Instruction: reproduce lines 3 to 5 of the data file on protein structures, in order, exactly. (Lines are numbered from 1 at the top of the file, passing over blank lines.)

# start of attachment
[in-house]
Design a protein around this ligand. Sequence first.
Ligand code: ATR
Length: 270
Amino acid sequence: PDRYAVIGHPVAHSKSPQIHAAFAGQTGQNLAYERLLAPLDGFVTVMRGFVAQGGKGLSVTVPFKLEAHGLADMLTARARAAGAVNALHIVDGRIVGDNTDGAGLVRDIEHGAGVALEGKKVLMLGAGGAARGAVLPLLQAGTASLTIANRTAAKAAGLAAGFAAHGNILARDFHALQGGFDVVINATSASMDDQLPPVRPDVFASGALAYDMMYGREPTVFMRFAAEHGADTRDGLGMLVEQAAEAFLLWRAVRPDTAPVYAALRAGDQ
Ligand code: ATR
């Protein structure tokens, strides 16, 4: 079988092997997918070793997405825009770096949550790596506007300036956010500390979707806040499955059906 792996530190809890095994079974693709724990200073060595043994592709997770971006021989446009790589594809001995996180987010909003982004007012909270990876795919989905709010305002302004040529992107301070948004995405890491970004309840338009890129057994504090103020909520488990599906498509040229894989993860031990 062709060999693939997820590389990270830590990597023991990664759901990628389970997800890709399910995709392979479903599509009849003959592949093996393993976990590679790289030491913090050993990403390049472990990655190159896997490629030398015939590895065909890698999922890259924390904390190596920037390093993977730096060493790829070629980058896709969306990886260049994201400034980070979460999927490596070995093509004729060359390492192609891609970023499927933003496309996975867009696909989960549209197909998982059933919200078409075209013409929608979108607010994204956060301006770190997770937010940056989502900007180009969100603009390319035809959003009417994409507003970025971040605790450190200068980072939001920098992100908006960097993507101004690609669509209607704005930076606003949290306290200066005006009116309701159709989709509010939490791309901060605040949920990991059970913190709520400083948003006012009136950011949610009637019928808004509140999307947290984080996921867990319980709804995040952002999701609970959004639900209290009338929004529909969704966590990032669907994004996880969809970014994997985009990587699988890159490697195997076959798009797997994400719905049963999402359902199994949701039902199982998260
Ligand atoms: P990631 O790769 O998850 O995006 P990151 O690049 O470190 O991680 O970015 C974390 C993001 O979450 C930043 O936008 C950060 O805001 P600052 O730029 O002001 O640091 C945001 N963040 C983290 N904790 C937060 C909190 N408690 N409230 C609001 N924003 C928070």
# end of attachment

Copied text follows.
Ligand code: ATR
Length: 270
Amino acid sequence: PDRYAVIGHPVAHSKSPQIHAAFAGQTGQNLAYERLLAPLDGFVTVMRGFVAQGGKGLSVTVPFKLEAHGLADMLTARARAAGAVNALHIVDGRIVGDNTDGAGLVRDIEHGAGVALEGKKVLMLGAGGAARGAVLPLLQAGTASLTIANRTAAKAAGLAAGFAAHGNILARDFHALQGGFDVVINATSASMDDQLPPVRPDVFASGALAYDMMYGREPTVFMRFAAEHGADTRDGLGMLVEQAAEAFLLWRAVRPDTAPVYAALRAGDQ